More evidence for water vapour jetting from icy Europa

An artist’s impression showing the interaction of the Galileo spacecraft with Jupiter’s magnetic field and electrically charged particles, both of which indicated the probe plowed through a plume of water vapor spewing from the frozen surface of the moon Europa during a 1997 flyby. Image: NASA

Researchers sifting through data collected by NASA’s Galileo spacecraft during a close flyby of Jupiter’s moon Europa in 1997 have found evidence the probe flew through a water vapour plume spewing from the fractured surface of the icy world. The data are consistent with earlier indications of a plume in pictures taken by the Hubble Space Telescope.

“Today’s announcement of yet more evidence of plumes jetting out of Europa are an outstanding leap forward in our search for life and habitable environments in the solar system,” Thomas Zurbuchen, NASA’s science chief, said after a 5 May news briefing.

“There were hints of plumes in the past from the Hubble Space Telescope and today’s finding … gives us further evidence to sink our scientific teeth into.”

In both cases, the plumes appeared to originate at or near a known “hot spot” on the surface of Europa and likely represent, many believe, salty water making its way up from a vast sub-surface ocean hidden beneath Europa’s icy crust.

Xianzhe Jia, an associate professor at the University of Michigan who led the team that re-assessed the Galileo data, said the location, duration and variations seen in the spacecraft’s magnetometer and plasma wave data are consistent with the presumed plume seen by Hubble.

“These results provide strong independent evidence of the presence of plumes at Europa,” he concluded in a paper published in the journal Nature Astronomy.

A Hubble Space Telescope image showing a presumed plume rising upward at the lower left. Image: NASA/Hubble Space Telescope

Not everyone is convinced. Mike Brown, a planetary scientist at the California Institute of Technology, said in a tweet he is a “big Europa fan,” but “so far, all of the evidence for plumes on Europa has been hopeful, rather than truly convincing. I’d love there to be plumes, but I think we should all retain a healthier skepticism here.”

Others found the evidence more compelling. Morgan Cable, an astrochemist at NASA’s Jet Propulsion Laboratory, told Scientific American magazine that “up until this paper, I was very skeptical the plume existed. … But this has made me a believer.”

Launched in 1989, Galileo braked into orbit around Jupiter in 1995. Over the next eight years, the nuclear-powered orbiter trained its cameras and other instruments on Jupiter’s turbulent atmosphere and its many moons, focusing on volcanic Io and the three other Galilean moons, Europa, Callisto and Ganymede.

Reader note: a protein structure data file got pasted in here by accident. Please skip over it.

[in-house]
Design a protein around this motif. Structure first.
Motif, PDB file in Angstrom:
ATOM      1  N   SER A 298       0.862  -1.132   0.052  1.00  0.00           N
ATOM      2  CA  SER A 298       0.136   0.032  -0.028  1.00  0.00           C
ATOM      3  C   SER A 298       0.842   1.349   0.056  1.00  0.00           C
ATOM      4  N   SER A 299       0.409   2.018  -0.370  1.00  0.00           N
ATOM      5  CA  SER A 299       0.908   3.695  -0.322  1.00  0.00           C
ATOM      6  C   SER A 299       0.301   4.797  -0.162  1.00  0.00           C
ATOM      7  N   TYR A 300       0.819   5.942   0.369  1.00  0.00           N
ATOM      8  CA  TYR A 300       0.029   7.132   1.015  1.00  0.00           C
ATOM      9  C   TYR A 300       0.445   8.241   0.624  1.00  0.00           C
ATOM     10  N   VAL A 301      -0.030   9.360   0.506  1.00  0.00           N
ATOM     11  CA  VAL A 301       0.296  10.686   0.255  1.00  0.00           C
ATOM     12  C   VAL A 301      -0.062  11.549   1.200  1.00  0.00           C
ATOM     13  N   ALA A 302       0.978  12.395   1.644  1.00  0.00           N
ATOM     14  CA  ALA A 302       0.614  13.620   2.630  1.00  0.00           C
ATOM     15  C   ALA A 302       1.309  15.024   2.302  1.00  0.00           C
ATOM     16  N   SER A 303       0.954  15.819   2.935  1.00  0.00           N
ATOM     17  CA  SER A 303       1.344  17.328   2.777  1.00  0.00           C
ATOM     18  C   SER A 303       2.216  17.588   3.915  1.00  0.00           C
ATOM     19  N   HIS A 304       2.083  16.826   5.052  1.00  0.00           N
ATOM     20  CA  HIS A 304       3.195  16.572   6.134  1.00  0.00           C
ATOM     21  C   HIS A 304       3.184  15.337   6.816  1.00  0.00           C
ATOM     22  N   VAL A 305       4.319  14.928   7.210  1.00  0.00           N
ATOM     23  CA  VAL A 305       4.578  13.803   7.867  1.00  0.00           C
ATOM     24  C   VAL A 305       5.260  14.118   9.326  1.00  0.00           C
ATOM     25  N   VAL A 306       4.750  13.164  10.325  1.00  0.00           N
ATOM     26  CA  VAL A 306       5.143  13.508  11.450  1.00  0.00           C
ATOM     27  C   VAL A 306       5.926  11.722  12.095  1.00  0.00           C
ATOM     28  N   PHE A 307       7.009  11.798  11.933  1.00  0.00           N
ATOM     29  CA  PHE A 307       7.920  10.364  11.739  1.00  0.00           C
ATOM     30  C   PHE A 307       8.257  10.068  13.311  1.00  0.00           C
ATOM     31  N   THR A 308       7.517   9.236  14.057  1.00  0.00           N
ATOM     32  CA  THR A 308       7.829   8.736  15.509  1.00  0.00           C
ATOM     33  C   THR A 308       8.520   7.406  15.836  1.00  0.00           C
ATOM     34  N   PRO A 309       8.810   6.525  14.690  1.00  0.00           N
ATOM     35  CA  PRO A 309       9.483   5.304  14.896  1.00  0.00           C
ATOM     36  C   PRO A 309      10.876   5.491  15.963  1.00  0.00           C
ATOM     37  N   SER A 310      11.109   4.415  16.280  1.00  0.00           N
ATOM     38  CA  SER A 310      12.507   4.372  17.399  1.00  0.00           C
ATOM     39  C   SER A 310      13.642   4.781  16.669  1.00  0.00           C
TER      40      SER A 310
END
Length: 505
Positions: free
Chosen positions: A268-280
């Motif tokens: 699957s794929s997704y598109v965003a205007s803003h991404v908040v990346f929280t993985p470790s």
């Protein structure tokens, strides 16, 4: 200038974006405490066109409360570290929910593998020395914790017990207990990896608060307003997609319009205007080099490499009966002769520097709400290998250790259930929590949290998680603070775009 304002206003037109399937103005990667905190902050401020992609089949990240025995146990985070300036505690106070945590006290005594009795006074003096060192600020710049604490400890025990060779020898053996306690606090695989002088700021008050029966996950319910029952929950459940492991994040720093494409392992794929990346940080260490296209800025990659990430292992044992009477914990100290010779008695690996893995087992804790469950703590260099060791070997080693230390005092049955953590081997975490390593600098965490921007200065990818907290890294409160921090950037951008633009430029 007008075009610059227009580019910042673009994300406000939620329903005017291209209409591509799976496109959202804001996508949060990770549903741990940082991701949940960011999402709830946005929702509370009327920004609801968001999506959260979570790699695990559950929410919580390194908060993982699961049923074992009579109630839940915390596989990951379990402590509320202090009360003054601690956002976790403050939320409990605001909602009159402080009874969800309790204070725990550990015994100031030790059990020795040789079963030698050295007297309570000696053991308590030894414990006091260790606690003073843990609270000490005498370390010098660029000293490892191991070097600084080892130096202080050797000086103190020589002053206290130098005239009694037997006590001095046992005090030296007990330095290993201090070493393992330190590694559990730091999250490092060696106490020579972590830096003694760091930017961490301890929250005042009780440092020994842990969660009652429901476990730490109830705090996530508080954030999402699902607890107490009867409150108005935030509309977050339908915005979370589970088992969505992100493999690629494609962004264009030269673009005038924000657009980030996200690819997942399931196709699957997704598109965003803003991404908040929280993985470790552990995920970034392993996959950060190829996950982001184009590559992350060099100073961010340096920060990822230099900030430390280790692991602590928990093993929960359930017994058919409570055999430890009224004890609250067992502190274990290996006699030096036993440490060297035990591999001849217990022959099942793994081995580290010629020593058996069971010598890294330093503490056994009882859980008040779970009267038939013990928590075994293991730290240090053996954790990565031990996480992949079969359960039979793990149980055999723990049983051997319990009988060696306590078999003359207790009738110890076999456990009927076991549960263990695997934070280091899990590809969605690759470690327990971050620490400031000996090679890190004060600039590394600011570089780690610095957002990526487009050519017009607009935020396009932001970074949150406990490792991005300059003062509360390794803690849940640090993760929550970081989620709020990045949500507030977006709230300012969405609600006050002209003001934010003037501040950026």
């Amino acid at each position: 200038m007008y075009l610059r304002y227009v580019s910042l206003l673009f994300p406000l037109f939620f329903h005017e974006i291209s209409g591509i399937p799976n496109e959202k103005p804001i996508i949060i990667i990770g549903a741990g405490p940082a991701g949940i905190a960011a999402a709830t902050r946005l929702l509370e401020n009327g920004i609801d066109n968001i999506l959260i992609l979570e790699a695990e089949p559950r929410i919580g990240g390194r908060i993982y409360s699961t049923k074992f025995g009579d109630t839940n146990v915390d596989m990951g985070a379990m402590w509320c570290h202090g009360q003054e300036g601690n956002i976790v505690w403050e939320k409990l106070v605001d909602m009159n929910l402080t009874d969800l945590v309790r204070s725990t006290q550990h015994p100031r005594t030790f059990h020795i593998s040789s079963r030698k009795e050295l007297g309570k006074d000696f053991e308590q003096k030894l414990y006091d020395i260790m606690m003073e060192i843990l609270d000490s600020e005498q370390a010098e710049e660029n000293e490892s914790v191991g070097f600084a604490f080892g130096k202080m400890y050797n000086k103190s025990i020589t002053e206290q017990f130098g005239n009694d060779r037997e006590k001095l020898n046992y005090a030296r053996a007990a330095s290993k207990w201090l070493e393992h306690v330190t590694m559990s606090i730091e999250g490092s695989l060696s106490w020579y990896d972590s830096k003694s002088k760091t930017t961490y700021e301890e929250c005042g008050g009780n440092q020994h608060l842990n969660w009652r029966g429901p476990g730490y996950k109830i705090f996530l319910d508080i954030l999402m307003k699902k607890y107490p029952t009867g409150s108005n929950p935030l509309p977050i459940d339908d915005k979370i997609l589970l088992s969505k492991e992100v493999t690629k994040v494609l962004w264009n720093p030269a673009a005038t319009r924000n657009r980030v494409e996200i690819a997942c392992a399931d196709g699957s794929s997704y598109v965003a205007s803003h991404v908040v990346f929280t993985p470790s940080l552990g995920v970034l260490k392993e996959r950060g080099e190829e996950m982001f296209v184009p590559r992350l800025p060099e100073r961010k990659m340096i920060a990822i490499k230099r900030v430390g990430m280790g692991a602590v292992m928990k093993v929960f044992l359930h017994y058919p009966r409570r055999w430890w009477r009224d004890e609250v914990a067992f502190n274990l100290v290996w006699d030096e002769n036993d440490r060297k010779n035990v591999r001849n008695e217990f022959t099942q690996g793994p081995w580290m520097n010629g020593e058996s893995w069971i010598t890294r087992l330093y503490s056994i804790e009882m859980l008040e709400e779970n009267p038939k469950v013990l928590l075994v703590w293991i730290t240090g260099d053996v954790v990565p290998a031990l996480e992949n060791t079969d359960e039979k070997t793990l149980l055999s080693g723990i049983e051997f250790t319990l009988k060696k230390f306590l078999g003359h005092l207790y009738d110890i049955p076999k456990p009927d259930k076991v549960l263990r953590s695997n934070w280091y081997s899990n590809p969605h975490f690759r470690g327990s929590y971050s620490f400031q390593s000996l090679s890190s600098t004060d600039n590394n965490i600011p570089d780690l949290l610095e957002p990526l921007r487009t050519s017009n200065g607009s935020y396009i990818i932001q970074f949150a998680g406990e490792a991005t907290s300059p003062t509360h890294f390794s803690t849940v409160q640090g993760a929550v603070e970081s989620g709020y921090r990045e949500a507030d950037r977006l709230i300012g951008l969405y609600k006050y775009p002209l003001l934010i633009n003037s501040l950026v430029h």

Observations of Europa by NASA’s earlier Voyager probes revealed a fractured surface that could be explained by a layer of warmer ice or liquid water below the surface and the action of tidal stresses imposed by Jupiter’s gravity.

During Galileo’s flybys of Europa, magnetic field data indicated the possible presence of a sub-surface salt water sea. In 2015 and 2016, the Hubble Space Telescope imaged what appeared to be a plume on the moon’s limb, although the observation was at the limit of detectability.

The Galileo magnetometer and plasma wave charged particle data studied by Jia and his team were more conclusive.

“The material that is coming out from Europa is probably electrically neutral, it’s probably dominated by water vapour,” said Margaret Kivelson, professor emerita of Space Physics at the University of California who led the Galileo magnetometer team. “But there are lots of energetic particles in the environment of Europa and they ionise the material, so they make it an electrically charged.

“And it’s those electrically charged parts of the plume that cause the changes in the magnetic field and change the density of the electrons in the environment that were measured by the plasma wave instrument. So it’s not a direct effect on the environment from the plume, it’s a two-step process.”

The location of a presumed plume seen by Hubble is shown here with a green ellipse. The plume found in the Galileo data is shown in cyan, extending upward from the surface, while the spacecraft’s trajectory is shown in magenta. Image: NASA

Both NASA and the European Space Agency are building spacecraft to study Europa and the jovian environment in unprecedented detail. Robert Pappalardo, project scientist for NAA’s Europa Clipper project, said “there now seems to be too many lines of evidence to dismiss plumes at Europa.”

“This result makes the plumes seem to be much more real and, for me, is a tipping point,” he said. If future spacecraft “can directly sample what’s coming from the interior of Europa, then we can more easily get at whether Europa has the ingredients for life. That’s what the mission is after. That’s the big picture.”